There is a family connection because antisemitism is how the Holocaust got started. But the current phenomenon poses a new and potentially different threat. And although he tells a story based on events that actually occurred in North America, the phenomenon of white supremacism is not just a U.S. problem.

I asked Nattiv whether a point that really came across to me in the movie was intentional. It seems to me that a lot of the core message is about recognizing the humanity of those we’ve been taught to hate. He said that this was absolutely intentional, and that the DNA of making peace is seeing others as messed-up humans.

Interestingly, Nattiv claimed that it is a “Bible sentence” that “if someone wants to kill you, kill them first.” In fact, do unto others before they do unto you is not in the Bible. Be that as it may, Nattiv noted that the Bible also includes a counterbalancing teaching, about how “parents ate bad fruit” and it was felt on their children’s teeth. In other words, to put it more prosaically, previous generations’ problems are inherited unless we act to stop the cycle of violence.

Nattiv said he believes in education as important in this process. In the movie, we learn that people end up in racist gangs because they are hungry, because they are neglected at home and looking for love or merely companionship. When racist groups offer them food and a surrogate family, it is already too late. And so we should talk to kids at 10 or 12, when they need help and family. That’s the most important dialogue.

As we drew our very brief conversation to a close, Nattiv said that he is a believer in peace, and perhaps that that makes him naive. My response was that, if that is being naive, then he should not stop being naive. But the movie Skin definitely depicts people who think it is naive to hope that skinheads could be anything other than evil twisted monsters with no hope that they might change. Those who hold that view are wrong.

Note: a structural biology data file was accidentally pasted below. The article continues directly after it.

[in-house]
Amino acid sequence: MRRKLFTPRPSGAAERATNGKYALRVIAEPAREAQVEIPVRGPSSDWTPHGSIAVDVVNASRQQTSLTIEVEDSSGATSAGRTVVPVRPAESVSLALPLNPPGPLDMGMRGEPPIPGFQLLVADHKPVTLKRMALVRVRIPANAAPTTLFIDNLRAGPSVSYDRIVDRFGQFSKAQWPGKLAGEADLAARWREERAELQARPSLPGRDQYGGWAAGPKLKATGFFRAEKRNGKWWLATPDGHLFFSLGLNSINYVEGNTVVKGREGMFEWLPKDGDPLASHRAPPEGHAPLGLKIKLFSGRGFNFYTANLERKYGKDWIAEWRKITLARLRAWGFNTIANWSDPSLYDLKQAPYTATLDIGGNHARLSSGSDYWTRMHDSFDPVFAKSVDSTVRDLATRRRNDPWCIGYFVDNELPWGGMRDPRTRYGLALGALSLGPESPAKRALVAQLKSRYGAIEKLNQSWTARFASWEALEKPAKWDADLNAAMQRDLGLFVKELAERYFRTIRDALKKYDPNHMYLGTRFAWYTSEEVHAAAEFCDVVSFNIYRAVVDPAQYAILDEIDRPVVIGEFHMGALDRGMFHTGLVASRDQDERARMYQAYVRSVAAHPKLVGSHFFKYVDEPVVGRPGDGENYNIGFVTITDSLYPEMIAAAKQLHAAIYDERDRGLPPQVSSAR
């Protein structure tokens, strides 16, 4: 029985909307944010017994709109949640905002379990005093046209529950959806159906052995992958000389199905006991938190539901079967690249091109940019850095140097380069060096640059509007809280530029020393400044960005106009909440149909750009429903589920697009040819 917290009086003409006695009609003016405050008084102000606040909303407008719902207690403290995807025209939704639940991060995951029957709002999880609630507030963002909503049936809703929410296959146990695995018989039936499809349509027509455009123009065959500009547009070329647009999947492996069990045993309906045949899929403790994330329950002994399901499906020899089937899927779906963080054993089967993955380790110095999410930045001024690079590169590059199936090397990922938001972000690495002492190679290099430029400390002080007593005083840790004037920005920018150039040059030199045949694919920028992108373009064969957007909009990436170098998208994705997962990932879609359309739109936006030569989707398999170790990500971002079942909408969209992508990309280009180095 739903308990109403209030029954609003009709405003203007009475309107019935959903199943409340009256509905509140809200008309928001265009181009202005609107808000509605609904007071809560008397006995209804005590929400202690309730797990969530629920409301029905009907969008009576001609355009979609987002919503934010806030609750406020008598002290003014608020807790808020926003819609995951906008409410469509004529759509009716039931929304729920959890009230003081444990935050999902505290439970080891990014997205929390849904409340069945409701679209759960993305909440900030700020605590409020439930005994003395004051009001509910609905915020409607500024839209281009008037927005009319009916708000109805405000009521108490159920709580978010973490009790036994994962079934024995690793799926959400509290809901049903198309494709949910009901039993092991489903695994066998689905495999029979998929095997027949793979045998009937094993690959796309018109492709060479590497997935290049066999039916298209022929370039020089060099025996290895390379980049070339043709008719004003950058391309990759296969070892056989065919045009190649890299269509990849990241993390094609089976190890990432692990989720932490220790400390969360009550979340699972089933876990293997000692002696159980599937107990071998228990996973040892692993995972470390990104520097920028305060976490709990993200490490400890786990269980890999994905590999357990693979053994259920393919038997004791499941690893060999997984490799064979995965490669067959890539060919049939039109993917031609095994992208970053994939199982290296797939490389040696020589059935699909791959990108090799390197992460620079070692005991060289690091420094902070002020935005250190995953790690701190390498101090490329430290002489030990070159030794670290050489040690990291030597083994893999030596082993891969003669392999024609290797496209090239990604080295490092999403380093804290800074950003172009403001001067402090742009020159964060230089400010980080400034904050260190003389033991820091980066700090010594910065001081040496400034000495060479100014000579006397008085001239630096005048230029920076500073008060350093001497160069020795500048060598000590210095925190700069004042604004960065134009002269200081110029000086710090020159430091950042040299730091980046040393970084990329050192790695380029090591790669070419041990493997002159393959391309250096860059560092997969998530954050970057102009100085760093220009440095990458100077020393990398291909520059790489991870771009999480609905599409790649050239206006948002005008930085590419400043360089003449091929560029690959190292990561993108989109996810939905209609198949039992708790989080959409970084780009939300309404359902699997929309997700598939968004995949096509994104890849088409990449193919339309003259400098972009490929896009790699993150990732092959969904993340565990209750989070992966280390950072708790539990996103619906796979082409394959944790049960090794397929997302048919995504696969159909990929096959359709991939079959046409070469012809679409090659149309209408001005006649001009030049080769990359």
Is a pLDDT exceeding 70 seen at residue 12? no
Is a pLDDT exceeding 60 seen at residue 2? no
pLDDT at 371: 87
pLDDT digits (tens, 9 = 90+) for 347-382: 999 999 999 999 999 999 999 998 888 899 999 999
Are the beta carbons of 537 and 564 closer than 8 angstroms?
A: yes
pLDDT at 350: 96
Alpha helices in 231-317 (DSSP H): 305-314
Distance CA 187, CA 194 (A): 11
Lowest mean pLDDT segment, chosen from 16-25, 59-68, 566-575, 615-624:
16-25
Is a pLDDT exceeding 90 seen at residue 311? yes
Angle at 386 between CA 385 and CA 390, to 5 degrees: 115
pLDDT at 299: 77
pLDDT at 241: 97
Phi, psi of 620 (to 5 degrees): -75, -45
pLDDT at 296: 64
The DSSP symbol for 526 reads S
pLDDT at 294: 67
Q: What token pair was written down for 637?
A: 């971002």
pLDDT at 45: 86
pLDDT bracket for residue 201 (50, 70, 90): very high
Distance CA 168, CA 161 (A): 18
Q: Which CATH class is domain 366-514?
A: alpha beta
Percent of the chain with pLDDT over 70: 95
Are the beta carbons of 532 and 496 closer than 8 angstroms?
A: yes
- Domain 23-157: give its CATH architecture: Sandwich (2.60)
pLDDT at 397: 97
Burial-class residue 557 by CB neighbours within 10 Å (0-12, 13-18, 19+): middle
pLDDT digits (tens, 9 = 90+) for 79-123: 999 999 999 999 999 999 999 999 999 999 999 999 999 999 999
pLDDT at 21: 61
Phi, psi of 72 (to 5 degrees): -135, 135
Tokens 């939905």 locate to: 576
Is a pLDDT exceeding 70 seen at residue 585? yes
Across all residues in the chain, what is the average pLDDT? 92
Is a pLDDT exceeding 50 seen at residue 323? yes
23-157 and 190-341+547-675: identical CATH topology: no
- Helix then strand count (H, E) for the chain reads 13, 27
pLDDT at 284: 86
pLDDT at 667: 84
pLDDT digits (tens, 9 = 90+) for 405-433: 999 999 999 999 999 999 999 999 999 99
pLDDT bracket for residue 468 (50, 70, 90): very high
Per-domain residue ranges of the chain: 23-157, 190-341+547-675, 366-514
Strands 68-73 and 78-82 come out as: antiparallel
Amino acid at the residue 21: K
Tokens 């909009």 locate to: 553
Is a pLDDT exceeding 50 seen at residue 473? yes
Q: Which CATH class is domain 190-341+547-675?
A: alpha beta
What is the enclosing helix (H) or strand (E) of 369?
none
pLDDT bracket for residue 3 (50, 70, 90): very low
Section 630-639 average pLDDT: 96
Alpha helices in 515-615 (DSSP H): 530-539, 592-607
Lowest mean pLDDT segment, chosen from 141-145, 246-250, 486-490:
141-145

It disturbs me that so much of the rhetoric coming from people who are opposed to racist, misogynist, antisemitic, Islamophobic, homophobic, and other hateful stances merely adopts and reinforces an us vs. them, good vs. evil rhetoric. But for those of us whose religious viewpoint is about redemption, as well as those who recognize within a secular framework that defeating evil has to mean not merely using the same methods evil uses to oppose evil, Skin offers a powerful vision of what the hard, costly, physically and emotionally painful work of redemption can look like, and the life-transforming fruit it can bear.

Of related interest, the Southern Poverty Law Center features in the film, and there is an interview they shared some years ago with Bryon and Julie Widner, two of the main characters in the movie. See as well the teacher who developed a curriculum to combat white nationalism, and also the following:

Inside the Radical, Uncomfortable Movement to Reform White Supremacists

RTV6 had a piece a few years ago about hate groups in Indiana

How white supremacists are targeting online gamers

Take a look at the trailer here, and then make plans to see this movie in the near future. It will be out in theaters and on demand July 26th from A24!